Jay Blades practices his writing with fiance Lisa
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Jay Blades, 51, has become a firm fan-favourite amongst fans since his rise to fame on BBC’s hit DIY show The Repair Shop. And he’s been taking his new-found recognition in his stride.
I’ve always had a lot of attention from community members
So much so, that his ex-wife Christine once banned him from going to the shops because fans would ambush him.
In an interview with iNews, Jay looked back on the reaction from his family when he was propelled into the spotlight.
He said: “I’ve always had a lot of attention from community members.
“There was a stage where my ex-wife wouldn’t let me go to the shops to get milk or I’d come back four hours later because everyone was talking to me!”
But he revealed he’s “still doing normal stuff” despite being firmly in the spotlight.
“I go to the market every Tuesday, I go to Sainsbury’s, I iron my own clothes, I’m not endorsing products and driving a Range Rover and bleaching my teeth,” he explained.
“It is all a bit surreal, though!”
However, while the presenter has made it big now, he admitted it was a very different story to when he was younger, after a school careers officer was adamant he wouldn’t go anywhere in life.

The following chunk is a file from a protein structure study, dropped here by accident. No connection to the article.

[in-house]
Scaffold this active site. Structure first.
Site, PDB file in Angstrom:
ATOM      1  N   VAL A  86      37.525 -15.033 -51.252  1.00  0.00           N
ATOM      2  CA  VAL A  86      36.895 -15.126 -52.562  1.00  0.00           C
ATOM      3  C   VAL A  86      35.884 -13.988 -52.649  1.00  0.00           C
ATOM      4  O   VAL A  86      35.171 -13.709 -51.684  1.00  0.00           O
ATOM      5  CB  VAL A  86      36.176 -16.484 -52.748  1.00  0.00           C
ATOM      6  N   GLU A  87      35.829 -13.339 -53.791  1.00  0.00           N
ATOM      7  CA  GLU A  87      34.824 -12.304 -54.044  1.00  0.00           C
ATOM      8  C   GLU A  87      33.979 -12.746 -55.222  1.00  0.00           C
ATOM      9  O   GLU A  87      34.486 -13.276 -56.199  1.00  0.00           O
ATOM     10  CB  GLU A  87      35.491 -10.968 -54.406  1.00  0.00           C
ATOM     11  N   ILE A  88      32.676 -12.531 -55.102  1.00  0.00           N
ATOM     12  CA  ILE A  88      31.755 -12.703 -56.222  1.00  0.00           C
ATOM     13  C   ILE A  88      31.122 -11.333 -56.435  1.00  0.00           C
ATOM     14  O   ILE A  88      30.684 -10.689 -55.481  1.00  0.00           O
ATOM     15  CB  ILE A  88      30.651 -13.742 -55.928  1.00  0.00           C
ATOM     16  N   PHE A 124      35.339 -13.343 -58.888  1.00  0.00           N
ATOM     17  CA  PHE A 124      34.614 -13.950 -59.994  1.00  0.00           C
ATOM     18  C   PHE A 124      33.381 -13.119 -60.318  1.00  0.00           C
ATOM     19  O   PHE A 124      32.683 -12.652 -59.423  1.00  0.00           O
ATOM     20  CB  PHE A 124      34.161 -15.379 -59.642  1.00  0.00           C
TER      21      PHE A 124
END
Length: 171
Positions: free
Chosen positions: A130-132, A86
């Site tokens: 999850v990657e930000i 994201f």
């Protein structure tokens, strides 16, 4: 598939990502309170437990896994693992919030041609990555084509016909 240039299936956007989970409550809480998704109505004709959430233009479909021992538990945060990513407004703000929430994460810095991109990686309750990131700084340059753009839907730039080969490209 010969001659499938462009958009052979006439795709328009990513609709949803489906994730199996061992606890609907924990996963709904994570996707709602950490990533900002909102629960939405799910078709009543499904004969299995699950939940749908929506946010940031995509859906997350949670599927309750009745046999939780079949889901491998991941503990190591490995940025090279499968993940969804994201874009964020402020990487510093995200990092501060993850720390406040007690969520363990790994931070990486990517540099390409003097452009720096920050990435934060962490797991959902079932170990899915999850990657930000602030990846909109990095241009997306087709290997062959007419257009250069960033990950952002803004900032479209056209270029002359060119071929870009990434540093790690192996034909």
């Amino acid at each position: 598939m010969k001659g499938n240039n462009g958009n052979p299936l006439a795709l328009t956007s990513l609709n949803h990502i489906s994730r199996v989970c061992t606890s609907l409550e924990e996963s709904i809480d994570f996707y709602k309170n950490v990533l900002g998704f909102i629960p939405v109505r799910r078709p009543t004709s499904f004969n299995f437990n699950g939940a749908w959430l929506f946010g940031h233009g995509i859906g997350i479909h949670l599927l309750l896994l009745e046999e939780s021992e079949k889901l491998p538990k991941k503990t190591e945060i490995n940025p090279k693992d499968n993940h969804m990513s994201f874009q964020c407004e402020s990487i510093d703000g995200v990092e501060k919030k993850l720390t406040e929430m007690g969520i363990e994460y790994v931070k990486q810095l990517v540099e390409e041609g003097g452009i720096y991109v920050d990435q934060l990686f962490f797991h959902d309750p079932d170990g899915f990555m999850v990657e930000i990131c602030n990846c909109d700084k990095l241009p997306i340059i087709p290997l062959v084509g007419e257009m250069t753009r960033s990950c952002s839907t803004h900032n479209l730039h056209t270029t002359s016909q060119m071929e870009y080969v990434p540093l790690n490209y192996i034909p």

A tough thing to read now, but even tougher to hear those words as a child.
He recalled the day when he and his classmates were queuing up to get advice about their futures.
Chatting to Zoe Ball on her BBC Radio 2 show, Blades said: “My careers teacher said I wasn’t going to amount to anything.
“And then he just said, ‘Next.'”
There was a pause as Blades continued: “You know when everybody used to line up to see the careers officer?
“He saw me come to the table and said, ‘Blades, you’re going to amount to nothing – next!’ And he looked behind me.”
He sighed: “I didn’t even get to sit down in the chair.
“That was it, [it was a] bit naughty.”
And his success is even more remarkable due to his severe dyslexia.
Blades was diagnosed with the learning condition at the age of 31 while studying criminology at Buckinghamshire New University.
He had struggled with literacy for years prior to his diagnosis, but the presenter was stunned to learn he had the reading ability of an 11-year-old child.
Since then, he has created a documentary for the BBC; a raw and honest account about his condition and how he feels learning to read at the age of 51.
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